5. Is there a fee at CAPS? 

NO, there is no fee for our services, including psychiatric services, for students taking 6 or more credits. Students who are not currently enrolled for 6 credits may ask for a consultation for a referral to an outside therapist or psychiatrist.

6. Are there charges for medications?

YES. You may pay for your medication or use your insurance. Please read your insurance policy to learn about your medication coverage.  Many of the prescription medications our psychiatrists prescribe are carried in the Student Health Services pharmacy, with the exception of controlled substances. Prescriptions may also be filled at pharmacies near campus.

7. Is the number of sessions of therapy limited?

We offer brief therapy (10 sessions per academic year).   If longer term therapy is indicated, we will provide referrals to local clinicians who accept your insurance.  Occasionally, when an outside referral is not appropriate or cannot be worked out, we will provide longer term treatment when it is medically necessary.

8. What if I need more than 10 counseling sessions?

There are several options:

  • You and the counselor decide this right away and help arrange a referral to an outside counselor for longer term counseling.  
  • You and your counselor plan to use some individual sessions at CAPS initially and arrange for you to join a therapy group or meditation group at CAPS.
  • You and your counselor use some individual sessions at CAPS to continue to assess your needs and then help you arrange to see an outside therapist.  
  • Occasionally, when an outside referral is not appropriate or cannot be worked out, we will provide longer term treatment as medically indicated.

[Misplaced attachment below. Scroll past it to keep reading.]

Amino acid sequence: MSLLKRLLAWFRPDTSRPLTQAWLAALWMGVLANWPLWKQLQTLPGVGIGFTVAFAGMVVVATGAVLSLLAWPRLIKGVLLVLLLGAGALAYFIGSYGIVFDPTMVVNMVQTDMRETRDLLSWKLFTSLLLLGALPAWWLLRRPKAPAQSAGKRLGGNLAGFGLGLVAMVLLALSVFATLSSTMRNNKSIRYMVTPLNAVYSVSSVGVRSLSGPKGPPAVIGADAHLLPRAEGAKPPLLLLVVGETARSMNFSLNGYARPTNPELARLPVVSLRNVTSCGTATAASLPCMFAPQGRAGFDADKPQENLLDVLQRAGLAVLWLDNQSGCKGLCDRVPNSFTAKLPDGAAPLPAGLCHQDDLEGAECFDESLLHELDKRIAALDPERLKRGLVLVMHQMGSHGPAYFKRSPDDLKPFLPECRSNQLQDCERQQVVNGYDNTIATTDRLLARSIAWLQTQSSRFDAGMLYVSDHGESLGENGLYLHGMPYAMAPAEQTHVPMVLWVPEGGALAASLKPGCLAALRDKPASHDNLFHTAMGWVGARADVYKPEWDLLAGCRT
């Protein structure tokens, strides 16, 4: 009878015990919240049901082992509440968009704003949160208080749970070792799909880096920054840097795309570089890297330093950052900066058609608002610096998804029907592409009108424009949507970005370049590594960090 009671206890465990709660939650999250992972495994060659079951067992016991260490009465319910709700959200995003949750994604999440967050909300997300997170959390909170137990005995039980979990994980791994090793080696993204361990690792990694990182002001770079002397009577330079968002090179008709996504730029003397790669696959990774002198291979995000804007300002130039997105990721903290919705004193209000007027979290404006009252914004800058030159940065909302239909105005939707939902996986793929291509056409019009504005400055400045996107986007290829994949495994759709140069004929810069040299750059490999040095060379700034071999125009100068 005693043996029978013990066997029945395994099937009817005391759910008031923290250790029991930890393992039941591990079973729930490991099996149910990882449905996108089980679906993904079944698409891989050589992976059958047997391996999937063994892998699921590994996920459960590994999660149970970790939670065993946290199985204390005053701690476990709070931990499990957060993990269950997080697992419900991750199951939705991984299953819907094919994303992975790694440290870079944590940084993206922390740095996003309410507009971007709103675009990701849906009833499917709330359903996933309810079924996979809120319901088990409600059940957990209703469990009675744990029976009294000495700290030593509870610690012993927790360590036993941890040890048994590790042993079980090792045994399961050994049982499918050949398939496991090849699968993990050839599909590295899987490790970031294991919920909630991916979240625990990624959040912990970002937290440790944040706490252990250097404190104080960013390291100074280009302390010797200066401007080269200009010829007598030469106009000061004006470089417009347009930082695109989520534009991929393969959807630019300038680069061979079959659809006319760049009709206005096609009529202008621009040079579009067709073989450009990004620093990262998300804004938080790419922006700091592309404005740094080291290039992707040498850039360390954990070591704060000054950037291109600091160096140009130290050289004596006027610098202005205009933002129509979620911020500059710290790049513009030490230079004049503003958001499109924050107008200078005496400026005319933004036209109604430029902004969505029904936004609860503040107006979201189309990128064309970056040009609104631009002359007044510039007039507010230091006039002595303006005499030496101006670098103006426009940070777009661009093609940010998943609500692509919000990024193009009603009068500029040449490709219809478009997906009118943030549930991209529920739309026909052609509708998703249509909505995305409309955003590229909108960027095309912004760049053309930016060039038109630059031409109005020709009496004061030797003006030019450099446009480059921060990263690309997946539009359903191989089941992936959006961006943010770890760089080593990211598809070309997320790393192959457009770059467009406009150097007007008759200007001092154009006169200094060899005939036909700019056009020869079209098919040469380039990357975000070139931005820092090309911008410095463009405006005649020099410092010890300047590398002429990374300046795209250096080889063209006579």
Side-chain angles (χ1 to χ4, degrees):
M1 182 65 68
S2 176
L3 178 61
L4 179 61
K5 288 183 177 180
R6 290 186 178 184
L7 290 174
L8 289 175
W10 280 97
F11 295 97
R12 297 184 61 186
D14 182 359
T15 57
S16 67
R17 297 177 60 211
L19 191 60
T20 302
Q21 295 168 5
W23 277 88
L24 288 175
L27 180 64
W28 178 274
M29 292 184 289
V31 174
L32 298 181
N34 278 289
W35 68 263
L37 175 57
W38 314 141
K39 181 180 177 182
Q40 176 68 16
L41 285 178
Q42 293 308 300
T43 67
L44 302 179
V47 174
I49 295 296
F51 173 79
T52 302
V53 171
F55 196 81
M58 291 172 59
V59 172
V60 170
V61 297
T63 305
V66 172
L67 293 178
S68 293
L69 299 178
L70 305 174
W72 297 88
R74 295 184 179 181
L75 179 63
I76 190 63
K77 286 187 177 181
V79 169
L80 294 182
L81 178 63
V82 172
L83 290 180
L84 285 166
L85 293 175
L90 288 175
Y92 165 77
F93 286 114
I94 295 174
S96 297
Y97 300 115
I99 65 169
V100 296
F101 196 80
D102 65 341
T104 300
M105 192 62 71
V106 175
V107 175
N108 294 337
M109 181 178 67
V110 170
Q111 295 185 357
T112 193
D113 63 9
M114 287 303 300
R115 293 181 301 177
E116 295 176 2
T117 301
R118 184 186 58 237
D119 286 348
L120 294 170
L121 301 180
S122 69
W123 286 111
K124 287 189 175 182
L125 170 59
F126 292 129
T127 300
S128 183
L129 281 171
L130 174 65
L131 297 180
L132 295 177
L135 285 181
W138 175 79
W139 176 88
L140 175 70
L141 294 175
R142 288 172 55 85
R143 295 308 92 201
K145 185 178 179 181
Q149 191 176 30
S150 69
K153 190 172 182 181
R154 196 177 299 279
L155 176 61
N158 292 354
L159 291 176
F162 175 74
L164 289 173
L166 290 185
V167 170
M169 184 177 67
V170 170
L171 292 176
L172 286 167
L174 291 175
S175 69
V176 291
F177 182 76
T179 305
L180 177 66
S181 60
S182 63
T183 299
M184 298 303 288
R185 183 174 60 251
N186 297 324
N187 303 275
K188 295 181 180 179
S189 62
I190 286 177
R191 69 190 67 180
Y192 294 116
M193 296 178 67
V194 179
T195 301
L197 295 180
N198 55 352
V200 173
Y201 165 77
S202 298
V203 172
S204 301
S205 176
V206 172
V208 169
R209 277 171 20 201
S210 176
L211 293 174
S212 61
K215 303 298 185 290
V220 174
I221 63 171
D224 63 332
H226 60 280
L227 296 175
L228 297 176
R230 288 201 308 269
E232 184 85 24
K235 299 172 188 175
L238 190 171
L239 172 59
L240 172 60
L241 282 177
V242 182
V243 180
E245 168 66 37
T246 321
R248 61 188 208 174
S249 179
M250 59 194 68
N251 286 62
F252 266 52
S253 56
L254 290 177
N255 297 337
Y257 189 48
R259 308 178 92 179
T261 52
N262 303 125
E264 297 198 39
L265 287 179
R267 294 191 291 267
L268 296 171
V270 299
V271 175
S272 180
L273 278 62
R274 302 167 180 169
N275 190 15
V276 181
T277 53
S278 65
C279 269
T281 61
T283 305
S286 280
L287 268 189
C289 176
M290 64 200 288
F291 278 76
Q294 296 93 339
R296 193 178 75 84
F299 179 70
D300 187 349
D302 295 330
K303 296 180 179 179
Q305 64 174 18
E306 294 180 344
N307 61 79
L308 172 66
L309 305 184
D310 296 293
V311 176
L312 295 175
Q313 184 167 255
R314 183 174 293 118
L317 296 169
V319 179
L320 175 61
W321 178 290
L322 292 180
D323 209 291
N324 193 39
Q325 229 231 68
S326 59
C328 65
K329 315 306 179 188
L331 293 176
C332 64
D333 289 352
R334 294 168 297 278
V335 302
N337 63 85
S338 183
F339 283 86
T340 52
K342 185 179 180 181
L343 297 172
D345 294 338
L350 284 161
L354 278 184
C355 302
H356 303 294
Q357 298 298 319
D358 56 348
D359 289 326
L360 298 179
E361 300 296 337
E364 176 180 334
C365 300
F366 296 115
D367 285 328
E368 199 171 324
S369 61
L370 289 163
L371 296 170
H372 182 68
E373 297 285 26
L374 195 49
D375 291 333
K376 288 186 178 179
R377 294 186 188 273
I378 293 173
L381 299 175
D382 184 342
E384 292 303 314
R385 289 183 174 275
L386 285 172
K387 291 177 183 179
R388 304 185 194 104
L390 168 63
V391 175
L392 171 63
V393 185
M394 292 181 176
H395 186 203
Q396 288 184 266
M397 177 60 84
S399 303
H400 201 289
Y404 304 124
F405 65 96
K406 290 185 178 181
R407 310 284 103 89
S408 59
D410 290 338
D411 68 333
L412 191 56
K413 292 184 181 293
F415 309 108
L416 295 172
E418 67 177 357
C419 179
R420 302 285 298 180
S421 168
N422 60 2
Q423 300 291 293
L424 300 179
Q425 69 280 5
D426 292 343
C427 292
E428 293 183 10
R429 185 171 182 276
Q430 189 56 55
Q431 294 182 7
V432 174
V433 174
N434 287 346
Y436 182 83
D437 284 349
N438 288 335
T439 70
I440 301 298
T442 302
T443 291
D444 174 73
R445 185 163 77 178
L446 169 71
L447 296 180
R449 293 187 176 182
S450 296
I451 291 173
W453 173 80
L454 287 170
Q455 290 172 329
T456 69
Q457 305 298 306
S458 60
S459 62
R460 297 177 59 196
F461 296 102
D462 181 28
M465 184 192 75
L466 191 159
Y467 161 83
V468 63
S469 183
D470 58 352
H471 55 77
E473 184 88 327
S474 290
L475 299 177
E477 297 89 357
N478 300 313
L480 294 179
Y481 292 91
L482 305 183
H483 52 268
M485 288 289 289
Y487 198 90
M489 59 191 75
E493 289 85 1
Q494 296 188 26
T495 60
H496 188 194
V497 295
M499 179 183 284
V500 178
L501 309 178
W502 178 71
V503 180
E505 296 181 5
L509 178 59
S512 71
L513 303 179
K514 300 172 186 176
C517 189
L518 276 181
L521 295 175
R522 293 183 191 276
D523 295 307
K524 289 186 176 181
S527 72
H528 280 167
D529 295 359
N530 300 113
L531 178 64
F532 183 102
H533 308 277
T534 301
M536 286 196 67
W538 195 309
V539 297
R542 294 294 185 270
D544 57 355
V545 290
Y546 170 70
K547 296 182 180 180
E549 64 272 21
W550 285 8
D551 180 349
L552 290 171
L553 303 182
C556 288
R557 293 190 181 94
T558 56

9. Will my academic records indicate I’ve been in therapy?  Will any of this show on my transcript?

NO. Therapy records, academic records and transcripts are completely separate.  Your legally protected confidentiality prevents disclosure of counseling information to academic offices or personnel.   

10. Are my counseling sessions confidential?

It is important that all students know that their sessions are confidential—strictly between you and your counselor, with other CAPS or Student Health Services staff involved only as needed for consultation.  The only exceptions to confidentiality occur:

  1. If you request, by means of a written, signed release that you want your counselor to reveal information to others who you name, such as to an outside therapist.
  2. When we have a concern about your immediate safety or the safety of another.
  3. In cases involving physical and/or sexual abuse of a child.
  4. Where requested by subpoena or mandated by court order of state/federal law.

11. Will my parents find out about my counseling?

NO. By law, we cannot tell anyone, including a parent, if a student is in counseling except when we have a concern about a student’s safety or the safety of another. When a student is legally a minor (under age 18, unmarried, without children of his/her own, and has not been legally emancipated), informing parents is not automatic and will be discussed with you first.

Other Questions? Call Us.